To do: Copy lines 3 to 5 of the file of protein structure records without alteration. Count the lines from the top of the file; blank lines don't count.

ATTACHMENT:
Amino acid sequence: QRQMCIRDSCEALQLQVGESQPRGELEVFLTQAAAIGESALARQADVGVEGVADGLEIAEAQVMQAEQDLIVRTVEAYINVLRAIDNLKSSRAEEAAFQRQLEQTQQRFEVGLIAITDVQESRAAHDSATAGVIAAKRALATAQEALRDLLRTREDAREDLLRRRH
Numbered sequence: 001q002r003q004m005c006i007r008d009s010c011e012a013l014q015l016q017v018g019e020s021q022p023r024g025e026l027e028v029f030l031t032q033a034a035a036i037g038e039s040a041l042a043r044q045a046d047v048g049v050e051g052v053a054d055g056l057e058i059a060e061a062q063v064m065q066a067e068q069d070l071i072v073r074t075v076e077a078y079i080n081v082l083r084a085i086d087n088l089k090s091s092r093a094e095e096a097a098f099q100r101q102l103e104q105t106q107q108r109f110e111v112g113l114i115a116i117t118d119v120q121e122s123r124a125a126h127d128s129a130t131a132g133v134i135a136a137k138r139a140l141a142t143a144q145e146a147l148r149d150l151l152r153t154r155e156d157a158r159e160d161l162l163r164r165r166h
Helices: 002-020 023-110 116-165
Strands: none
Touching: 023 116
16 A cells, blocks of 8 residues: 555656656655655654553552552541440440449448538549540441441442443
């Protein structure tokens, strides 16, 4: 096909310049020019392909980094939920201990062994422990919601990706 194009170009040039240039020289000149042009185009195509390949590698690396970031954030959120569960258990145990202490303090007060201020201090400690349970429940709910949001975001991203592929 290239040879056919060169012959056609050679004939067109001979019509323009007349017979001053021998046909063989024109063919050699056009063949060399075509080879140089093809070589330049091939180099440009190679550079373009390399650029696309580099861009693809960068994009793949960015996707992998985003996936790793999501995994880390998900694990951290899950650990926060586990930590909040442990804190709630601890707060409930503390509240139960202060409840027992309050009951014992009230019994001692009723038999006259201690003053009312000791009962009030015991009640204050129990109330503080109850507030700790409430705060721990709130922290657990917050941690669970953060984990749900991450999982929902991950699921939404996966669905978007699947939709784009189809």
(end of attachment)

Helices: 002-020 023-110 116-165
Strands: none
Touching: 023 116